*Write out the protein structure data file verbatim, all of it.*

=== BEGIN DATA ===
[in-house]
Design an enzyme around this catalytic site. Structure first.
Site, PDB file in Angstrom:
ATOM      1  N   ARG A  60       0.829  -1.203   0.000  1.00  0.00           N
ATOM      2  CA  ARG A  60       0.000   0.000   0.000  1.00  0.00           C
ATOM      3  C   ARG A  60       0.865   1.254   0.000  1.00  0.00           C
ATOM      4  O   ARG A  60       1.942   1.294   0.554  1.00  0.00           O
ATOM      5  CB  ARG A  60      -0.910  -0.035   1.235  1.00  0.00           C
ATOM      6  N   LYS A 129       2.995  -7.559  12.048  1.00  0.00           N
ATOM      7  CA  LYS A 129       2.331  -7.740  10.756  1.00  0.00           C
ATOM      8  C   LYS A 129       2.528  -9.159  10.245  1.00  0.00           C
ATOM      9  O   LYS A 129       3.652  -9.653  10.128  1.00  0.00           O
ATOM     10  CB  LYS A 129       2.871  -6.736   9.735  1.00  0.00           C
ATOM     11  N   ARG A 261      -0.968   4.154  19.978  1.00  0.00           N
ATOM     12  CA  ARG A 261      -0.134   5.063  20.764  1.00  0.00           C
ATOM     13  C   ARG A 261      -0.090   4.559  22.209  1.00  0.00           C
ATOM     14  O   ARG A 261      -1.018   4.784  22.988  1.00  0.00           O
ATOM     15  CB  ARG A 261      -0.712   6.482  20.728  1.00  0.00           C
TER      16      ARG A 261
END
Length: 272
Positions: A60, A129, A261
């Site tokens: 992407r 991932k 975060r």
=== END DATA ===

[in-house]
Design an enzyme around this catalytic site. Structure first.
Site, PDB file in Angstrom:
ATOM      1  N   ARG A  60       0.829  -1.203   0.000  1.00  0.00           N
ATOM      2  CA  ARG A  60       0.000   0.000   0.000  1.00  0.00           C
ATOM      3  C   ARG A  60       0.865   1.254   0.000  1.00  0.00           C
ATOM      4  O   ARG A  60       1.942   1.294   0.554  1.00  0.00           O
ATOM      5  CB  ARG A  60      -0.910  -0.035   1.235  1.00  0.00           C
ATOM      6  N   LYS A 129       2.995  -7.559  12.048  1.00  0.00           N
ATOM      7  CA  LYS A 129       2.331  -7.740  10.756  1.00  0.00           C
ATOM      8  C   LYS A 129       2.528  -9.159  10.245  1.00  0.00           C
ATOM      9  O   LYS A 129       3.652  -9.653  10.128  1.00  0.00           O
ATOM     10  CB  LYS A 129       2.871  -6.736   9.735  1.00  0.00           C
ATOM     11  N   ARG A 261      -0.968   4.154  19.978  1.00  0.00           N
ATOM     12  CA  ARG A 261      -0.134   5.063  20.764  1.00  0.00           C
ATOM     13  C   ARG A 261      -0.090   4.559  22.209  1.00  0.00           C
ATOM     14  O   ARG A 261      -1.018   4.784  22.988  1.00  0.00           O
ATOM     15  CB  ARG A 261      -0.712   6.482  20.728  1.00  0.00           C
TER      16      ARG A 261
END
Length: 272
Positions: A60, A129, A261
């Site tokens: 992407r 991932k 975060r």